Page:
Stephen Byers, the school standards minister, told MPs that there would be enough money set aside by the Government to pay for more teachers and extra classrooms in more popular schools.
Head teachers had been concerned that children would be turned away because of the Government's limit of 30 children in a class for five-, six- and seven-year-olds.
Mr Byers made the announcement during the committee stage of the Government's Education Bill yesterday.
He said that where possible children should be taught in their parents' preferred school.
Parents who had expressed a preference for a popular school would not be placed in a failing or unsatisfactory school.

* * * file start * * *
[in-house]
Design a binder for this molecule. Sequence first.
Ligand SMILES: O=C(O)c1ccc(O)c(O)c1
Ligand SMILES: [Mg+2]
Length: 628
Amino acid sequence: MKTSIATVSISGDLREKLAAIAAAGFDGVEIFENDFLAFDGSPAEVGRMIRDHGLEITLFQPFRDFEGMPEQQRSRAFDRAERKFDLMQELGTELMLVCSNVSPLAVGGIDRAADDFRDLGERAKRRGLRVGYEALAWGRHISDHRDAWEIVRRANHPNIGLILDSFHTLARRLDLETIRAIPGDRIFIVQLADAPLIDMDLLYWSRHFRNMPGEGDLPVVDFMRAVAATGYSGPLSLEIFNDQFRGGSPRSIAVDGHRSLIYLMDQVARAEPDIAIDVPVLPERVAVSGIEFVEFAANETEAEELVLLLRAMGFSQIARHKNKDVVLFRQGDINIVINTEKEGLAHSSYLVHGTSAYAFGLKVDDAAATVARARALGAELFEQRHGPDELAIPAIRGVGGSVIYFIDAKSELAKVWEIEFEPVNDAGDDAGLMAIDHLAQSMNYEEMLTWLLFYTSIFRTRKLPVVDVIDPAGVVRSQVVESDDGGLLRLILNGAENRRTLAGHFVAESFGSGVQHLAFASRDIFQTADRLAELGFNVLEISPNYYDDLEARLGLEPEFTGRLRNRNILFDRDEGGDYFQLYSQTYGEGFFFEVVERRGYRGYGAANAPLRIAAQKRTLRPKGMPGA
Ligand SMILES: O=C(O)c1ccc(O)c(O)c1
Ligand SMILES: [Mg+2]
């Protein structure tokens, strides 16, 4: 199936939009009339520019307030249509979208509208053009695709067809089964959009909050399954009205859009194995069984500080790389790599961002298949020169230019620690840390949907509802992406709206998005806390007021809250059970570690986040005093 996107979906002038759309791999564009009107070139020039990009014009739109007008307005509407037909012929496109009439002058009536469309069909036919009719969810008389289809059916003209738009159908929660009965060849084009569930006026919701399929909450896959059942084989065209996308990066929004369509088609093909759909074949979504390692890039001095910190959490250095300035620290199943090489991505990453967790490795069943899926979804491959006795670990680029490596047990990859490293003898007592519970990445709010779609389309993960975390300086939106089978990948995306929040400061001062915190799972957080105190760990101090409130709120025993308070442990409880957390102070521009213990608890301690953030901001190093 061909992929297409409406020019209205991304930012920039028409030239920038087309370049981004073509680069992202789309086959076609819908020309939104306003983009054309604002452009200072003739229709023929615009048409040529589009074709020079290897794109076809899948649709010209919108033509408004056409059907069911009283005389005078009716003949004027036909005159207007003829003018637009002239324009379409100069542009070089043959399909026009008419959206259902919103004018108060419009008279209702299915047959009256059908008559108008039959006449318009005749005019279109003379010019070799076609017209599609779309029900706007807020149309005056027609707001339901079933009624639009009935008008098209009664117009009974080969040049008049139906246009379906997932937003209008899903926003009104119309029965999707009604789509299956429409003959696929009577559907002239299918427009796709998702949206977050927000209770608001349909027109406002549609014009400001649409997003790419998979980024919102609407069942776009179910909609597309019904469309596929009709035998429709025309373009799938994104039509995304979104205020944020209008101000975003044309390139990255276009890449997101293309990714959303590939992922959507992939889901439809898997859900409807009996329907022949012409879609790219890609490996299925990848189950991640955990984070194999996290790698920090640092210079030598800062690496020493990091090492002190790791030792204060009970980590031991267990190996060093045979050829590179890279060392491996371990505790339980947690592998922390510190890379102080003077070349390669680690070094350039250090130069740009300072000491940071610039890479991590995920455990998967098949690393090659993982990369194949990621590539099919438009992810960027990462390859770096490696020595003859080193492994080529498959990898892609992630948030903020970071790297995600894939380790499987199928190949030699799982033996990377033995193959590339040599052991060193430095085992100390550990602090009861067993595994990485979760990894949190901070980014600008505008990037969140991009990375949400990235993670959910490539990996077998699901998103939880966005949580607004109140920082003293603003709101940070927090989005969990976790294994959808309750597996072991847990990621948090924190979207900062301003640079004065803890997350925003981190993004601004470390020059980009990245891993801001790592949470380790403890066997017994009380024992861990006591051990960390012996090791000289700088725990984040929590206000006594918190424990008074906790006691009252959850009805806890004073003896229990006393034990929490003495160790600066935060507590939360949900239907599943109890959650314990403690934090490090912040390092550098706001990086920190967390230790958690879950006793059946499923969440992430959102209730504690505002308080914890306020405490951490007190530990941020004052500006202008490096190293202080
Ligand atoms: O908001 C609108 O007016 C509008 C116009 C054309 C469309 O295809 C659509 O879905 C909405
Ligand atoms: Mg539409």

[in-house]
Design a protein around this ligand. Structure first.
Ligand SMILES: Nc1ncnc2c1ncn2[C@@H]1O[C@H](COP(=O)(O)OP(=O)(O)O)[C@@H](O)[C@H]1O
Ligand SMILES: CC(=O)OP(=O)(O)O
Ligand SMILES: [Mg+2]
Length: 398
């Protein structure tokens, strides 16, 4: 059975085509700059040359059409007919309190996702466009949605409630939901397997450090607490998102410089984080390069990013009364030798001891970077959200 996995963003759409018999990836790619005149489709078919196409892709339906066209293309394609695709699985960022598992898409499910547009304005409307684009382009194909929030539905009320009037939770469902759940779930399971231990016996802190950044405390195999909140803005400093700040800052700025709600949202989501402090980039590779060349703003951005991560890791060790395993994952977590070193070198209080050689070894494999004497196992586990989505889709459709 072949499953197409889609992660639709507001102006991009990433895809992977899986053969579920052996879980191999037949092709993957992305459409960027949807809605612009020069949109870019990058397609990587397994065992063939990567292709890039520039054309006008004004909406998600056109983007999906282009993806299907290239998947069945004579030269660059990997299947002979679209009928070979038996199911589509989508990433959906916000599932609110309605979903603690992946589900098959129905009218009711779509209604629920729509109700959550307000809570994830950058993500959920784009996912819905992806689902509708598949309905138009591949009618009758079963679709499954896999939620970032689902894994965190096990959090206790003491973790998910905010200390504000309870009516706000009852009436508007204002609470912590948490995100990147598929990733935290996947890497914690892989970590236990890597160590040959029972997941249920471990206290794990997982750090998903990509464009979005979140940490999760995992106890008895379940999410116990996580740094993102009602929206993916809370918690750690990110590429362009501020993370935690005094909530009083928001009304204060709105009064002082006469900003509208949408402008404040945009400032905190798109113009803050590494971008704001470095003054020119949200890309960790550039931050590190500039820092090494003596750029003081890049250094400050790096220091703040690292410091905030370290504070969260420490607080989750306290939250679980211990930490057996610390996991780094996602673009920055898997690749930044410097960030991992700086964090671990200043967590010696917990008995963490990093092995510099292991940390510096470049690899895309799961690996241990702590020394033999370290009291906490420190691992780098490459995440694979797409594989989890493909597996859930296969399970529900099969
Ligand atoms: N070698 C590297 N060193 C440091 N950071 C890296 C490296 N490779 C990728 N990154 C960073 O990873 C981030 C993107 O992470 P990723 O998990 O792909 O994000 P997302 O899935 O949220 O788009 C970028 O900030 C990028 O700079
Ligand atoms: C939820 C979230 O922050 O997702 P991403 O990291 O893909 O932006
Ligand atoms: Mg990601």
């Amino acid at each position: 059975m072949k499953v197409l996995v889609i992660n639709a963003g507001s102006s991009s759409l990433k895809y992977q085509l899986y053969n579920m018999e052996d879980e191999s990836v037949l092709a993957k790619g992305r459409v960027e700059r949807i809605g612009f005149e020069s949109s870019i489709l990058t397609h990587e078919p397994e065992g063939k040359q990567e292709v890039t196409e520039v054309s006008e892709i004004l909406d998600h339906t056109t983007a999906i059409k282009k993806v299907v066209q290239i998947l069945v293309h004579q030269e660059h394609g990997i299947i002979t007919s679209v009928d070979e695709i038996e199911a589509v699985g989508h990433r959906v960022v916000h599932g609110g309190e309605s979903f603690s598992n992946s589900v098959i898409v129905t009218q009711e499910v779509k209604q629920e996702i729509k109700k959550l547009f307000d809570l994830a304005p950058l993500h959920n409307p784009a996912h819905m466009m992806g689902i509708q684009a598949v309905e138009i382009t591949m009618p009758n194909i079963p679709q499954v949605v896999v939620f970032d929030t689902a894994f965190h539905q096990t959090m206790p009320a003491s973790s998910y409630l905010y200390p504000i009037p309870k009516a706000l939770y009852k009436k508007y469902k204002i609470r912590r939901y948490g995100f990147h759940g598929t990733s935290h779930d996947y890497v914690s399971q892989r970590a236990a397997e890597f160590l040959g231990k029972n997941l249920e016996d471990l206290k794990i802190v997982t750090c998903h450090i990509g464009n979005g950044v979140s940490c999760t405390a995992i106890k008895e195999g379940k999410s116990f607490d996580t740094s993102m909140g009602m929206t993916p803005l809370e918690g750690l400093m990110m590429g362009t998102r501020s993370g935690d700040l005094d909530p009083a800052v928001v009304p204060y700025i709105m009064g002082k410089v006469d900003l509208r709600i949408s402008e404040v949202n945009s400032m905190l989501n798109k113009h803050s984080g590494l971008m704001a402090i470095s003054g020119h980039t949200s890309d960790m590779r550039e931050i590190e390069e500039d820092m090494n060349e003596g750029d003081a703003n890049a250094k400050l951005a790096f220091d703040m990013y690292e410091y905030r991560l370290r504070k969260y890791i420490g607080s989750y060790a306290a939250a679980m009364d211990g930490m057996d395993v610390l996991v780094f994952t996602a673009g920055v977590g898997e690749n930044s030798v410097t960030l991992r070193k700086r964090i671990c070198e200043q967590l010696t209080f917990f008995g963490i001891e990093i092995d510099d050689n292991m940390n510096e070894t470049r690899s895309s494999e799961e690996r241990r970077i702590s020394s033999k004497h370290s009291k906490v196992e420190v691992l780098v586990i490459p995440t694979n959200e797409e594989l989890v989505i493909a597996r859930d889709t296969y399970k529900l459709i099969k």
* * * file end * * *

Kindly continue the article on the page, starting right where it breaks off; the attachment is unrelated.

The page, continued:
Local education authorities would be expected to provide extra spaces at popular schools to cope with the extra demand.
``In rural schools extra money will be provided for a new teacher so a child can attend their local school in a class of 30 or fewer and not be forced to travel an unreasonable distance to a school with empty places,'' he said.
Money would be found for more teachers from the abolition of the Assisted Places Scheme.
Officials anticipate the move will provide up to pounds 100m during the lifetime of this parliament.
The money for extra classrooms would come from the pounds 1bn put aside for school building work by Gordon Brown, the Chancellor, in his budget last summer.
David Hart, general secretary of the National Association of Head Teachers, praised the Government for responding to the association's concerns that children could be turned away from popular schools.Reuse content